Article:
I like fresh perspectives on the world, and reading offers that in a far more intimate way than anything visual. Reading is internal, living in your heart and soul and brain, as much as it is the external of holding the material and having eyes translate it to brain. I like the intimacy.

Enjoy your year of reading!

Tues. Nov. 10, 2020: Missed Gems — THE SCHOOL OF ESSENTIAL INGREDIENTS by Erica Bauermeister

I’m happy to be back blogging about books, reading pleasures, and the rest. Something I decided to start blogging about are older books that I discover and enjoy. I don’t just read whatever’s coming out now; I like to browse and find new-to-me books and authors from whenever, because so often, a book doesn’t get the attention it deserves when it’s published, due to other noise around it.

THE SCHOOL OF ESSENTIAL INGREDIENTS by Erica Bauermesiter was published in 2009. Publisher’s Weekly gave it a lovely review.

The book is built around the healing power of food, friendship, and created community.

One would have thought I’d known about it and read it at the time. But I didn’t.

Every few months, I put out a call for recommendations of books and authors, when I can’t find what I’m craving, and not sure where to look. I’m not sure if this book came to me through one of those recommendations, or if I found it while I was browsing the library catalogue looking for something else.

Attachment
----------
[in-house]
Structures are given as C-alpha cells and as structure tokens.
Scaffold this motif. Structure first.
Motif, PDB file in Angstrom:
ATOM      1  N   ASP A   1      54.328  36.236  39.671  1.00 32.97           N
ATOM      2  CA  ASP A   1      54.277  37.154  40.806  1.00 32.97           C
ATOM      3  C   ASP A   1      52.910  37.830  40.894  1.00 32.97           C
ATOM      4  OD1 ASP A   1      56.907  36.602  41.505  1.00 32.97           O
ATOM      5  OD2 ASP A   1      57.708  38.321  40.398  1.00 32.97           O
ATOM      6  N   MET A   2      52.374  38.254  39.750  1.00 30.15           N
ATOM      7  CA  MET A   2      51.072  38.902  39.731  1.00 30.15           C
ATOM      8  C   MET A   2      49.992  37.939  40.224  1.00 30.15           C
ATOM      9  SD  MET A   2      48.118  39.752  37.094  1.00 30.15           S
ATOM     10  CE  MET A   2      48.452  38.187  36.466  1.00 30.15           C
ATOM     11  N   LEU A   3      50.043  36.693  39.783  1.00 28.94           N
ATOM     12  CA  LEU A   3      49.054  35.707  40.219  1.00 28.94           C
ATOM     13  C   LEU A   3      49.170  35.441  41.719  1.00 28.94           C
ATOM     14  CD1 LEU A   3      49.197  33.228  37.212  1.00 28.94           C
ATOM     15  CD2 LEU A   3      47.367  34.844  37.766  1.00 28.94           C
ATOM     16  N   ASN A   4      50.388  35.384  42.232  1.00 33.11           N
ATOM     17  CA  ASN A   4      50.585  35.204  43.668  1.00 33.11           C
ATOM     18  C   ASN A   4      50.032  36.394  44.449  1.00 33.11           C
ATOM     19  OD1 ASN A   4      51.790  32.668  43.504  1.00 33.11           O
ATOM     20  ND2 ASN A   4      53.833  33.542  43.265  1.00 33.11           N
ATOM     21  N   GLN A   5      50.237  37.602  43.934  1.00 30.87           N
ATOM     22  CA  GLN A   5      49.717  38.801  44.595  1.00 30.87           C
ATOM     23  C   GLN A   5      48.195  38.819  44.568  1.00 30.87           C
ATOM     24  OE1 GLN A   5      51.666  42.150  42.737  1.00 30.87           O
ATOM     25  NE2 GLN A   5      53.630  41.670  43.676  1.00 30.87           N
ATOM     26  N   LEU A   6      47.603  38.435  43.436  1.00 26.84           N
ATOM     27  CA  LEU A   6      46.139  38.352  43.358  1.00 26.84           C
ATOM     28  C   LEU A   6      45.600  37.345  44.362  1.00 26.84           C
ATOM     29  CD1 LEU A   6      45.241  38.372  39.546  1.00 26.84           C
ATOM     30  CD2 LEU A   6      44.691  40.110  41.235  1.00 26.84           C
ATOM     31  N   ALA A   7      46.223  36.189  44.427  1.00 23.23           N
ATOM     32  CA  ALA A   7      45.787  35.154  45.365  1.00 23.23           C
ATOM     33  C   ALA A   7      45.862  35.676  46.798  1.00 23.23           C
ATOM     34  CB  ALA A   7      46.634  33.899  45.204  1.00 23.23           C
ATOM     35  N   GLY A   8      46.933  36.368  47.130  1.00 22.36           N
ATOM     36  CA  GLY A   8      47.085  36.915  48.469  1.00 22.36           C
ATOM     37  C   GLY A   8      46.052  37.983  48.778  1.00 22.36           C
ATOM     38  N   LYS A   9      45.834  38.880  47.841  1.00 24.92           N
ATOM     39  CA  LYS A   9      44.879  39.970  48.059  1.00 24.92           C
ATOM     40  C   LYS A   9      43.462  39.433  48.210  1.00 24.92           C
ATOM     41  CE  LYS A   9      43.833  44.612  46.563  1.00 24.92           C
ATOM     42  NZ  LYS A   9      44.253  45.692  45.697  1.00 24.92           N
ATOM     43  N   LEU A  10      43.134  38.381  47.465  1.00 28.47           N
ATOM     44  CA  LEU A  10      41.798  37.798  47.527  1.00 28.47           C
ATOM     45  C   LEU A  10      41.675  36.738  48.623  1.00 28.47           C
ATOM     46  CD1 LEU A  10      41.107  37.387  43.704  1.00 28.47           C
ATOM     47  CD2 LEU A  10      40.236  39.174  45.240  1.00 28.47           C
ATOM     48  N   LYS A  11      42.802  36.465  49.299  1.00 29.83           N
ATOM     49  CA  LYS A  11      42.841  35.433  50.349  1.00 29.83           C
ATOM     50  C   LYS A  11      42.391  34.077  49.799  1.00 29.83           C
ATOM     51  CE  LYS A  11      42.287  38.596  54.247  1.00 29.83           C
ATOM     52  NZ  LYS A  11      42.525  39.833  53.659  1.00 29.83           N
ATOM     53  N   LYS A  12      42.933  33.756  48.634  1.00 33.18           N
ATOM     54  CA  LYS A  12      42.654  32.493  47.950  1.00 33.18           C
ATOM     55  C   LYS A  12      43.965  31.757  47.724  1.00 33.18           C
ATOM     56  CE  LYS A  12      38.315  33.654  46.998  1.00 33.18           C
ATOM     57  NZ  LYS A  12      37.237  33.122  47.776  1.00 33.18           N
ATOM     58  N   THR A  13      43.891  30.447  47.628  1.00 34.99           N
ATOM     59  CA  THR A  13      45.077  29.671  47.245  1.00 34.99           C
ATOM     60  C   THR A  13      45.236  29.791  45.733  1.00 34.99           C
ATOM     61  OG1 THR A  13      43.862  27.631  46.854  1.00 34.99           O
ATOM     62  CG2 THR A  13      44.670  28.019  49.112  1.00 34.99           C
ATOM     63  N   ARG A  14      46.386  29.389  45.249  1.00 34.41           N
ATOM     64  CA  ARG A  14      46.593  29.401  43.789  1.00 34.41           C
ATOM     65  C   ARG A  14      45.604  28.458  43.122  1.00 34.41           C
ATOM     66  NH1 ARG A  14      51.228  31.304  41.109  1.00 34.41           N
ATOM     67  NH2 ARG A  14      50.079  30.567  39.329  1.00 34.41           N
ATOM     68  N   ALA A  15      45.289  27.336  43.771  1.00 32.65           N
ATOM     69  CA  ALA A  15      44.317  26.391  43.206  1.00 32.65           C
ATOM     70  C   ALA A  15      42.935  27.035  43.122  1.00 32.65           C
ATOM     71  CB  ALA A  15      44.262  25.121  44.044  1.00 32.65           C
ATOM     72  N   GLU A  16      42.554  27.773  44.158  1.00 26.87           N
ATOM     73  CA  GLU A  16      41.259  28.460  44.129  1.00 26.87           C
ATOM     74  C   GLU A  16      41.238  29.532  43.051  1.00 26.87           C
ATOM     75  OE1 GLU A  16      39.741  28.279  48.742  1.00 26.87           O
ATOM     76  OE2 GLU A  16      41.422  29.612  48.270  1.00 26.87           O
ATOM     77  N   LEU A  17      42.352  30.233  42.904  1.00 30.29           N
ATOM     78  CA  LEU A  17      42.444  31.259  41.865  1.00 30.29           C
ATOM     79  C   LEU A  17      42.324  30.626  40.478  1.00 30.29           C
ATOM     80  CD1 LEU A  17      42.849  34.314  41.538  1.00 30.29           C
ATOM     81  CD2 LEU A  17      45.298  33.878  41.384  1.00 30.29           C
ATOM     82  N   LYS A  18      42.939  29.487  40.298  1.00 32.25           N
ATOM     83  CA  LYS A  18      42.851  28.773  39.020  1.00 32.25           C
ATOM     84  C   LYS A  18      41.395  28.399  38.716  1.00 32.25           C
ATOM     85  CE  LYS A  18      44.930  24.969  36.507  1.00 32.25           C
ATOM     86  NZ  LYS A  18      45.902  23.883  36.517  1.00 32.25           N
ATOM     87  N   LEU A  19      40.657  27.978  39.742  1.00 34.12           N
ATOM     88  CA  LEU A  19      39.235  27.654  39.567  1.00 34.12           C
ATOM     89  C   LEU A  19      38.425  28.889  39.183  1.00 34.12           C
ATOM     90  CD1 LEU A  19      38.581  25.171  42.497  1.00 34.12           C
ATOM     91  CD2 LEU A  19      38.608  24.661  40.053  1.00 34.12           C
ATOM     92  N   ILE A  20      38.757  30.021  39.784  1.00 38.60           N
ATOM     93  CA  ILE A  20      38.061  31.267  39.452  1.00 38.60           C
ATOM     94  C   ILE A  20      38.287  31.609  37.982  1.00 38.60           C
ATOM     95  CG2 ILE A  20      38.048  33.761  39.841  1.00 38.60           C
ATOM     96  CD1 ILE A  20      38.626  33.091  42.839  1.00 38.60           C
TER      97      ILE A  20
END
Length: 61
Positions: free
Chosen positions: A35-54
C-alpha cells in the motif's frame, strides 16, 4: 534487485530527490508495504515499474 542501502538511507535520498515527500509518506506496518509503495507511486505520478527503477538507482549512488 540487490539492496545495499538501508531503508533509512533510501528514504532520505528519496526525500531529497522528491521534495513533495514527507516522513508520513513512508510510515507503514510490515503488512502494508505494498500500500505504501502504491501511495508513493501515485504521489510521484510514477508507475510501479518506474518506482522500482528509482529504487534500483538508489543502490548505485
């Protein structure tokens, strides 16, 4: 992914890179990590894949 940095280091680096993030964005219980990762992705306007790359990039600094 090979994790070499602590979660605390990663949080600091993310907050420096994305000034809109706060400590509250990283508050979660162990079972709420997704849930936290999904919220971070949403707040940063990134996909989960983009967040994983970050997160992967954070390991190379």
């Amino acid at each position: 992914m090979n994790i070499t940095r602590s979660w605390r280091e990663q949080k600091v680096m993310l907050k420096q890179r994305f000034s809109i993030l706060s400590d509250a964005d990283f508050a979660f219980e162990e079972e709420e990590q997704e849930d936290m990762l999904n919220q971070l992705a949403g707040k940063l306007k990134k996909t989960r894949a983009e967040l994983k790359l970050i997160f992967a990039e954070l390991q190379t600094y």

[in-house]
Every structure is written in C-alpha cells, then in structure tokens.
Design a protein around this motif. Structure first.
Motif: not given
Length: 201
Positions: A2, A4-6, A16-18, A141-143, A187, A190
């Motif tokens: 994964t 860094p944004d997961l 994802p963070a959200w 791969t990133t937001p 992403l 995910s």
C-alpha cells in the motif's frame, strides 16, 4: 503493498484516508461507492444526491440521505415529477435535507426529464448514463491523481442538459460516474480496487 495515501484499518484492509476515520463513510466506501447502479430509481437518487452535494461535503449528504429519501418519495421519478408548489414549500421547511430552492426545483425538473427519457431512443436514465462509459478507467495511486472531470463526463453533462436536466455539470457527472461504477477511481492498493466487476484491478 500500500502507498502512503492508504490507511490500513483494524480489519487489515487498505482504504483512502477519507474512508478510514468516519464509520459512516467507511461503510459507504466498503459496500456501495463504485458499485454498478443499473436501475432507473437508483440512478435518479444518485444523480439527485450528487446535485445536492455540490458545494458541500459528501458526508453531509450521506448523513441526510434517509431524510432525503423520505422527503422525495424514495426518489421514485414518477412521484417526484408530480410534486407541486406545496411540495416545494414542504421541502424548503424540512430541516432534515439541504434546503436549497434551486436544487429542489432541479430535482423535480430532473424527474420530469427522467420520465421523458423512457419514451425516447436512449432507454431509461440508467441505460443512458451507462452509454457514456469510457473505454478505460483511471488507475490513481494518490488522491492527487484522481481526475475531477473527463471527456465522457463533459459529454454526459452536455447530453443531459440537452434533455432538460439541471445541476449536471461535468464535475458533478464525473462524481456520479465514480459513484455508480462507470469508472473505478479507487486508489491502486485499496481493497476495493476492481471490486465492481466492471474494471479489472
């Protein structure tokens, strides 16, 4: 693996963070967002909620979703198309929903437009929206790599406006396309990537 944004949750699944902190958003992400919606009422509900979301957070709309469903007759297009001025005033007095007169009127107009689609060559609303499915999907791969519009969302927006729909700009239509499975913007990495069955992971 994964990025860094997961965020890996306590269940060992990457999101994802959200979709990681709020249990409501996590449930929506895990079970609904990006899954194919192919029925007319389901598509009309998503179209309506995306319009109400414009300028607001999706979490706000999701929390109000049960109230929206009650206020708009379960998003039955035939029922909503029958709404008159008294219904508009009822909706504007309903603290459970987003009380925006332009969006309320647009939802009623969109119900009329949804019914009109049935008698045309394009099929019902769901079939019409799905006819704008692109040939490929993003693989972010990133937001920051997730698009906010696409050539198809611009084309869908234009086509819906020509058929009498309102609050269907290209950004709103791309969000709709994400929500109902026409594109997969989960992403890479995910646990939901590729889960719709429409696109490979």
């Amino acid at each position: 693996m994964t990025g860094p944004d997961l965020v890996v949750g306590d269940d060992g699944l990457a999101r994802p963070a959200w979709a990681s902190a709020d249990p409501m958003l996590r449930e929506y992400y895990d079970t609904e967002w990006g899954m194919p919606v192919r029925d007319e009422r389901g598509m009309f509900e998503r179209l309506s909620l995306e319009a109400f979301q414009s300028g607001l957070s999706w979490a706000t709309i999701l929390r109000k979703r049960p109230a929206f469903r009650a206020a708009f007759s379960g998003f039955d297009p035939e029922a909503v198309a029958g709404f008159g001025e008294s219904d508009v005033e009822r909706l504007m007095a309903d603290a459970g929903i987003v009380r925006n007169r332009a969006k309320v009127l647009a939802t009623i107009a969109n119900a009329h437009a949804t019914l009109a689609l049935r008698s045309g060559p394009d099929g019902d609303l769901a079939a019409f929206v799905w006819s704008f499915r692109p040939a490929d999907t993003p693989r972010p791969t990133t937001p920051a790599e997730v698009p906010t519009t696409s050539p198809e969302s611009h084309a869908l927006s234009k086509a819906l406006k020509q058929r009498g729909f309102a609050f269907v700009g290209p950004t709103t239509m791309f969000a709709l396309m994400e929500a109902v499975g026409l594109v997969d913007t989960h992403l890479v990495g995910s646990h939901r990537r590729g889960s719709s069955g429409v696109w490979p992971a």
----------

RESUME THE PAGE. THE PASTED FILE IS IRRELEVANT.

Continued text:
What I do know is that I found it, and thoroughly enjoy it.

Lilian learned the healing power of food as a child, when her grieving mother retreated from the world into books, leaving Lilian to handle the day-to-day business of survival. Lilian learned how to cook from need, and kept experimenting until she could bring her mother back to the present. Now, she runs a restaurant that gives cooking lessons.

The book follows the transformations and relationships built among her and eight students in one of her sessions. The characters face challenges, especially those of the heart and soul, which is a nice change from novels that have the Fate of the World as their fulcrum.